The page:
That evening, last Friday, the 9th, was the end of the MOMA Studio: Beyond The Cutout, and a party was starting. We were pleasantly surprised to see that the space had filled up – was crowded. Food (Ken baked a bread and made a spread that everyone scoffed up in the blink of an eye), wine, beer and a Cutout Competition. The judges consisted of the Conservator, Curator and an artist. Everyone registered and was given a large brown backing board with a number. Then we chose three gouache-painted papers and two construction papers. We were handed scissors and glue stick and given 30 minutes to cut away รก la Matisse. I was taking big bites out of a slice of Ken’s bread while I cut.

The judges walked around while everyone was working, making mysterious notes on a paper and whispering to each other. When time was up we relinquished our tools and were given pencils and told to walk around and mark the ones we liked. The judges went into another room to deliberate and soon we were all called together to learn who the winners were.

I had to scan mine in two parts and then assemble it in Photoshop Elements.

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I won “People’s Choice Award” and now have Very Sharp and Very Long scissors and a box of Matisse band aids. I thought I would show you the scissors I’ve been carrying around with me and using on all the little books.

And that is The End of MOMA Studio and The Beginning of Heavy-duty Withdrawal.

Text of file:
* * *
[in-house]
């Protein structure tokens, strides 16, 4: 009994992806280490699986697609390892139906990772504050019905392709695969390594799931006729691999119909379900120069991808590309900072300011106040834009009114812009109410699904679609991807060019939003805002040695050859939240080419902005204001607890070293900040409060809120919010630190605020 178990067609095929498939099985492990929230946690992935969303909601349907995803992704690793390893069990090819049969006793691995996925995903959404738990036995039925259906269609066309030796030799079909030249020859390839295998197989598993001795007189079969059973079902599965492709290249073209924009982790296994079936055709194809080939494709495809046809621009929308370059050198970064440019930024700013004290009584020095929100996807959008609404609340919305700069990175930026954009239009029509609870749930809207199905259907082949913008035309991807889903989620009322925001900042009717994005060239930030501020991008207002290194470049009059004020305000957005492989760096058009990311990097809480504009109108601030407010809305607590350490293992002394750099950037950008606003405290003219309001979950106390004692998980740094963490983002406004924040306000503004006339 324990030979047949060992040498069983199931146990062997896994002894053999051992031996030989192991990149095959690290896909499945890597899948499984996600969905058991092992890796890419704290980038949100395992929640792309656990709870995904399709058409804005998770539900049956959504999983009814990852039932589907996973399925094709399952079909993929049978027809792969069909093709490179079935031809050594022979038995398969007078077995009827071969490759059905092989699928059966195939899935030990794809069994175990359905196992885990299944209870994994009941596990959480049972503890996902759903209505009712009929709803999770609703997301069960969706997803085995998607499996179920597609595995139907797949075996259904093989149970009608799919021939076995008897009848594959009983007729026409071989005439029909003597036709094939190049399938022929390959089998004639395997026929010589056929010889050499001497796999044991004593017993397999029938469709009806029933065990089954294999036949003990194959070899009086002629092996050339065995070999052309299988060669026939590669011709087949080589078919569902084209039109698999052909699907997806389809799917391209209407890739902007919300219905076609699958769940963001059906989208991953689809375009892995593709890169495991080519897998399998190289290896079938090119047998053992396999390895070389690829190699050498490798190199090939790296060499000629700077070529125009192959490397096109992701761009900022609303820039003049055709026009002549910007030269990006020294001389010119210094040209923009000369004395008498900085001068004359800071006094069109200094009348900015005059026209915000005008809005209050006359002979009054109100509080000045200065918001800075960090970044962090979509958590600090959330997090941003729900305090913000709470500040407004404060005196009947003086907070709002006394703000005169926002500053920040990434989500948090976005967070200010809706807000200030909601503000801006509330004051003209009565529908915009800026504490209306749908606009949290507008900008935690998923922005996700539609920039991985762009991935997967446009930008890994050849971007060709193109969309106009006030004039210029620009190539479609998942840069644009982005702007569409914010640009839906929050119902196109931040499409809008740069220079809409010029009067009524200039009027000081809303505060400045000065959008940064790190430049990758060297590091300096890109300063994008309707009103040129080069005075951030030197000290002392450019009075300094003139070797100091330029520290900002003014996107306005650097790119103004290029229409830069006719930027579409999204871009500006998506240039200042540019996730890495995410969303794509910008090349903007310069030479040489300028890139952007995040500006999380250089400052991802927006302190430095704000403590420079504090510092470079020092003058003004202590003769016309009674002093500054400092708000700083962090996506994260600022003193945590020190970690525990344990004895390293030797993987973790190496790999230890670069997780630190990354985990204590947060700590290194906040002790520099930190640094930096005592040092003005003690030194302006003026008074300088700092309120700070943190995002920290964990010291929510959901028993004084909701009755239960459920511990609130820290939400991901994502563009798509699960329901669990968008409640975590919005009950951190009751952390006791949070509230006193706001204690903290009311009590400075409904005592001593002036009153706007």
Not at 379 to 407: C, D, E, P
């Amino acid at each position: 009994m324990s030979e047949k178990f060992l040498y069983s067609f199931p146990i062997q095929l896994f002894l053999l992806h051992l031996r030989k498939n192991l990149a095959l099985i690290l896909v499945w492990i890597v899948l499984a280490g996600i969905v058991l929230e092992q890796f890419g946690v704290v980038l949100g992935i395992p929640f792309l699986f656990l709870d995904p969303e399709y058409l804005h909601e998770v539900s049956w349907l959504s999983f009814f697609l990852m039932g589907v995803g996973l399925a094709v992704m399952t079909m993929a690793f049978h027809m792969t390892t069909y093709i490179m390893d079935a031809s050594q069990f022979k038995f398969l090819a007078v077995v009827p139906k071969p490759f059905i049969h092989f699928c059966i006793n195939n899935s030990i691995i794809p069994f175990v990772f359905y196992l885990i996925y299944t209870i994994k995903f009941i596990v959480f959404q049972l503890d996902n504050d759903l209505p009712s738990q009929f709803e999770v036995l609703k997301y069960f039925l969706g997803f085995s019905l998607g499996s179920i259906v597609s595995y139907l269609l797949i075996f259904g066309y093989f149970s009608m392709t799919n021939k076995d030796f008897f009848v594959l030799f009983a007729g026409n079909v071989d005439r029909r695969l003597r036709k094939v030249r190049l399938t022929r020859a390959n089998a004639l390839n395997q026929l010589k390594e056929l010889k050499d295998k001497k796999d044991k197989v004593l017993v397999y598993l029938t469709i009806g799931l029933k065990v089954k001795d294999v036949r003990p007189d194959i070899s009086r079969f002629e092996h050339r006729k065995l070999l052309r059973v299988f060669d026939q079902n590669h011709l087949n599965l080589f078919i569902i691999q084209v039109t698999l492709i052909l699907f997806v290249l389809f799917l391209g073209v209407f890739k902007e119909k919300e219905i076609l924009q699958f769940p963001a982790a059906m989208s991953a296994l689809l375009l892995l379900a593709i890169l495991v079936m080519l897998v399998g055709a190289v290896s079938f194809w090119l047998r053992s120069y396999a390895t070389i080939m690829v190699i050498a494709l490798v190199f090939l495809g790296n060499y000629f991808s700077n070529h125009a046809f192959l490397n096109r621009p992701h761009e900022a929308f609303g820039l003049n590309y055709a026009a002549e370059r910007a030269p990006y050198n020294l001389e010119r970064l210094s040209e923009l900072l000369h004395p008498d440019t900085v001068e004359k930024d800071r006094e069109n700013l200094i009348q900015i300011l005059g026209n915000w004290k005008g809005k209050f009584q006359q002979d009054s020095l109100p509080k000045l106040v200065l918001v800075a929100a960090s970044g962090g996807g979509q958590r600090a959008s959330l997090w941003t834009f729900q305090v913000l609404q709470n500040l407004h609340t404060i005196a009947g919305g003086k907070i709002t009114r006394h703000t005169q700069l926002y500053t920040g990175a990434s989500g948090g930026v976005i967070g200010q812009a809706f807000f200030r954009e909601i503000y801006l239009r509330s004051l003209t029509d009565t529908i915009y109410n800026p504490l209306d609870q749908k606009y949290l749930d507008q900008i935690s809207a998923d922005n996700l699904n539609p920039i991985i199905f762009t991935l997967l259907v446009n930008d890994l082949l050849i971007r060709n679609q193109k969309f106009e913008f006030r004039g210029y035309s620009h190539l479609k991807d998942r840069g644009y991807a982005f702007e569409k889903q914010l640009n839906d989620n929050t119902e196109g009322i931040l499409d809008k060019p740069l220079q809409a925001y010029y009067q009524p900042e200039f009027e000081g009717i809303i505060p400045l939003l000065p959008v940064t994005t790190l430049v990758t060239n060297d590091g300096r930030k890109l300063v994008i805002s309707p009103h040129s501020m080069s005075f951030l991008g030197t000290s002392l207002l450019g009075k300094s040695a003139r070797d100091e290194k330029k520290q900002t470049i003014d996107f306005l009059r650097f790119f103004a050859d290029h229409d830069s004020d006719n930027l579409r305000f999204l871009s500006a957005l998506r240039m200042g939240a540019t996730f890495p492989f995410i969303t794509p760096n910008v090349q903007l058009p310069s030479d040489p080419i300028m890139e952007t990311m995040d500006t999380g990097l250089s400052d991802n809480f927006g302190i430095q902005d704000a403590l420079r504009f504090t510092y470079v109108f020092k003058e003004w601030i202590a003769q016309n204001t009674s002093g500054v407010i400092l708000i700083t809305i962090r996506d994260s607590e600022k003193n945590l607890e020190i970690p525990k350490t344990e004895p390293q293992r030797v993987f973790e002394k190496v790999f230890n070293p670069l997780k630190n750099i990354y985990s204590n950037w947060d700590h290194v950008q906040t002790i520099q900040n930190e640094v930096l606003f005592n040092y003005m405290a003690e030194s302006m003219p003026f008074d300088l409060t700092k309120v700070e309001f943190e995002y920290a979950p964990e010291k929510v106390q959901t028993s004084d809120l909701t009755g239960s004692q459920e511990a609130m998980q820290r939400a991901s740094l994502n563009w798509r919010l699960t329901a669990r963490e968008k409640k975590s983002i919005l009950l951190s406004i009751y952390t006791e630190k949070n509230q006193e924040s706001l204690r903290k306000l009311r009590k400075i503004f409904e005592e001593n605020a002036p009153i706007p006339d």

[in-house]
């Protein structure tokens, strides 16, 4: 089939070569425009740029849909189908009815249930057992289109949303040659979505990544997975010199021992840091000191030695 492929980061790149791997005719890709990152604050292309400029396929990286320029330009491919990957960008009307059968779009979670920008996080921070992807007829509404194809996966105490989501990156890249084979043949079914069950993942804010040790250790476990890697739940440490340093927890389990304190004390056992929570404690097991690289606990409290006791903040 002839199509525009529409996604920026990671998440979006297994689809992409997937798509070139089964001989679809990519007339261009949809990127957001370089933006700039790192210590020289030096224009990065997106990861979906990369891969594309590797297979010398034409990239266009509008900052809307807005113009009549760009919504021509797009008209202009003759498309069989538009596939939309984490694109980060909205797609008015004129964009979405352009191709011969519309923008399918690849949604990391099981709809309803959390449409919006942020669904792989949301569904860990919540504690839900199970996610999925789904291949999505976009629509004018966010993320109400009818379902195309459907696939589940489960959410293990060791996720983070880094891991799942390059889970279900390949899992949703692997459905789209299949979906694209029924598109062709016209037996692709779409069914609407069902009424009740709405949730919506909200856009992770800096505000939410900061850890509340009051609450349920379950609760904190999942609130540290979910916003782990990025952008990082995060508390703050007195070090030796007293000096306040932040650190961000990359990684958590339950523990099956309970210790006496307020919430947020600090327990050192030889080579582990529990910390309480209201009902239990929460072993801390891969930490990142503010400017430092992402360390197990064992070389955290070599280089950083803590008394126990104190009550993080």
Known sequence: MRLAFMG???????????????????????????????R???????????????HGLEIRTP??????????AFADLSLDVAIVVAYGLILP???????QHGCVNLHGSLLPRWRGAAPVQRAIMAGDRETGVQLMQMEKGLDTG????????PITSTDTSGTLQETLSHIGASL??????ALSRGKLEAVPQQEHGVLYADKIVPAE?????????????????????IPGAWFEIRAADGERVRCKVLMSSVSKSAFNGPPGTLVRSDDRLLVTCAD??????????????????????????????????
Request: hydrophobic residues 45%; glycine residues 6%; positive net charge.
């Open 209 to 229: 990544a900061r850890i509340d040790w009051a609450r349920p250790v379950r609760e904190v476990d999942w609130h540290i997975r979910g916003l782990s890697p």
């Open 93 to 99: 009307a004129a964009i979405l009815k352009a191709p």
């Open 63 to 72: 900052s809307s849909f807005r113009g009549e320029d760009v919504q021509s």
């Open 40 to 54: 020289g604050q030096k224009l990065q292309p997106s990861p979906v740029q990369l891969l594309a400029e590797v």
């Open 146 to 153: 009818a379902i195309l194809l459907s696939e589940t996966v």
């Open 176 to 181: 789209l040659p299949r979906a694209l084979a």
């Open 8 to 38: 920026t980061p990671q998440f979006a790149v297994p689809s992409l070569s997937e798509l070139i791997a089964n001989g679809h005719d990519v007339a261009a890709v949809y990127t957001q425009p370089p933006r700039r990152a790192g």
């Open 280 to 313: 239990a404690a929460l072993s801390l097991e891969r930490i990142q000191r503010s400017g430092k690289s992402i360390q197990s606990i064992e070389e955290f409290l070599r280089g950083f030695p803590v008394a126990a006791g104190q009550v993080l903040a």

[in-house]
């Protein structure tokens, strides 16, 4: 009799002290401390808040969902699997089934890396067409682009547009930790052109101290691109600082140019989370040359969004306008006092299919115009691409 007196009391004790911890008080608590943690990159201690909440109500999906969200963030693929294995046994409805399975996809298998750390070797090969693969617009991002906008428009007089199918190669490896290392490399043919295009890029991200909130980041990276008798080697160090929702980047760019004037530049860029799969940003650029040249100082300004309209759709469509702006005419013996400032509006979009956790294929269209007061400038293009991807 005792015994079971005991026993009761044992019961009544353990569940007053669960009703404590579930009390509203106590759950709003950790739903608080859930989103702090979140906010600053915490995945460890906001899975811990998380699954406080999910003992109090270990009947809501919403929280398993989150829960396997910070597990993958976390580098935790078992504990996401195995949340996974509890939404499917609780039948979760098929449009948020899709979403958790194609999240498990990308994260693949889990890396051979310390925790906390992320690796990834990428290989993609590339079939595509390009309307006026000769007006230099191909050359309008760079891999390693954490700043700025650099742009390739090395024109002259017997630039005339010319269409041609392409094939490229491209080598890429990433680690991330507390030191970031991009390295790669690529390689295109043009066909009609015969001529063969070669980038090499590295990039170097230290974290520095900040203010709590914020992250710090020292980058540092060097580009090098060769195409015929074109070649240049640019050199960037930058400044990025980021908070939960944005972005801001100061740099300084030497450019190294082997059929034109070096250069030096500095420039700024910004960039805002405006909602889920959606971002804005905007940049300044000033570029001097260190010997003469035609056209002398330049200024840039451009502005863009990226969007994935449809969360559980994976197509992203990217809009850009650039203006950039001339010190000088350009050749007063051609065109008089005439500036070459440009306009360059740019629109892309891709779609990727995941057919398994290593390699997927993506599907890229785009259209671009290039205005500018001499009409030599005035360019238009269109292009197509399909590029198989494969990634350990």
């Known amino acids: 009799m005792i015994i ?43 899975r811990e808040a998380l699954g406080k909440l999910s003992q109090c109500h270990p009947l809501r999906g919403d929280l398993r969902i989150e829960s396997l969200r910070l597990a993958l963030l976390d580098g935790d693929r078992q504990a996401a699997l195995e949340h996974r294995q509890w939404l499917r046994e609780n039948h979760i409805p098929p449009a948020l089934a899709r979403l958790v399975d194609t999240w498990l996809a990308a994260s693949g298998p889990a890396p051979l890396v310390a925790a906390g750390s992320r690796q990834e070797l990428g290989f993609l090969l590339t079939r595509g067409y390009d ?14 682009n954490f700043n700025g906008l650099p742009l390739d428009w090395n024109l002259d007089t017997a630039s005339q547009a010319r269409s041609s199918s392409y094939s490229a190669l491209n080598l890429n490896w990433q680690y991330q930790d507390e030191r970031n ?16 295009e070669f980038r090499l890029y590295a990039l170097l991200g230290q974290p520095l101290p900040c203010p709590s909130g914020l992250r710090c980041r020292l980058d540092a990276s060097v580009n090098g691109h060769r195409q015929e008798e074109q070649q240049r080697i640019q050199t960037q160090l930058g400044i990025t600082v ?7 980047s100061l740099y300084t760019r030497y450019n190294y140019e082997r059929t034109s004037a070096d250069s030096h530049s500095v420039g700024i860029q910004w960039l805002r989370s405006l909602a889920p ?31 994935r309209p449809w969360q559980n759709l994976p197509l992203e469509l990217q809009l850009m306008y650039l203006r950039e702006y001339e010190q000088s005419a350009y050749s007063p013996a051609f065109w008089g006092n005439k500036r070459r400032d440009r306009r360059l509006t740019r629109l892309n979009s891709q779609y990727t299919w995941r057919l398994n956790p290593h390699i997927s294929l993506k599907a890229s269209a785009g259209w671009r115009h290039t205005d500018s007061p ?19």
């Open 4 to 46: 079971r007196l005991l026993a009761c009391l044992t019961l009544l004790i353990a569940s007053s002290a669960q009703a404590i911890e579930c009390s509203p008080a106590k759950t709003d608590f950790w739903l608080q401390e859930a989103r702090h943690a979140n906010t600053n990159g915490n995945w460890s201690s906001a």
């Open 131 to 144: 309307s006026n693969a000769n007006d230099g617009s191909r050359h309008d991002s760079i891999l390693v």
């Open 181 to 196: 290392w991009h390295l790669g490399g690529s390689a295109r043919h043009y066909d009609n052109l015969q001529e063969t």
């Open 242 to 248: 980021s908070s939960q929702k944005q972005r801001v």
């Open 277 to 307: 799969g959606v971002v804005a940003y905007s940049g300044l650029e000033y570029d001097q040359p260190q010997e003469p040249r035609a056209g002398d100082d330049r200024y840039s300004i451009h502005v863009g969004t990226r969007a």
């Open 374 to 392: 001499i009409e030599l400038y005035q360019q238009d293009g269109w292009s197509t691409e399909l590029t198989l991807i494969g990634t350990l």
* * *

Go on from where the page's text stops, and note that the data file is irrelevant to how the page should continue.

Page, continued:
Collage of cut papers, glue stick.

It’s a little book but not a Little Book. Even though MOMA supplied Everything we would need I carried around a little baggie filled with my tools: scissors, glue stick, tweezers, double-sided tape and a rubber banded stack of the kind of stiff credit card sized “cards” that come in junk mail. You know, the kind AARP and some stores send for sales events, hotel, key cards and expired membership cards. I save the cards and give them a coat of acrylic paint and wait for the day the idea strikes.

That’s what happened during the last hours of the last day of MOMA Studio. My hand, of its own volition, took out the stack of cards and the rejected Little Book printouts, combined them, grabbed a hole puncher from some teeny tiny kid making his own book, remembered that I had a “circle thingy” attached to my backpack to carry things like a wet umbrella or a plastic bag filled with cookies – important stuff – and another book was born.

There is no official first page. Whatever takes my fancy at the time.

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Then it was 5:15 and we had to HURRY HURRY HURRY pack up all our things, clean up our mess. I’ll tell you why tomorrow.

Process: Cut out elements from various papers with x-acto blade and/or scissors. Either: Assemble parts on MoMa Studio’s copier, print. Rearrange/add elements, print. Or: glue down all the bits and pieces.

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Well.
This is the Last Little Book.
But you don’t need any more.
We now know.
(There is one more book and it is little but it is different.)

Process: Cut out elements from various papers with x-acto blade and/or scissors. Either: Assemble parts on MoMa Studio’s copier, print. Rearrange/add elements, print. Or: glue down all the bits and pieces. Text composed using my iPad and Sketch Club, printed, cut and glued.

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Process: Cut out elements from various papers with x-acto blade and/or scissors. Either: Assemble parts on MoMa Studio’s copier, print. Rearrange/add elements, print. Or: glue down all the bits and pieces. Text composed using my iPad and Sketch Club, printed, cut and glued.

A lazy late night doodle while watching TV.

iPad; New Trent Arcadia stylus.
Apps Used: Sketchbook Ink

Some playing cards not shown yet. I was having breakfast in Panera.

Playing cards; background Gelli Plate printed with acrylic; Sharpie Ultra Fine pen, Pitt brush pen, Signo Uni-ball (UM-153) white gel pen; and sometimes I add a bit of color with Crayola markers.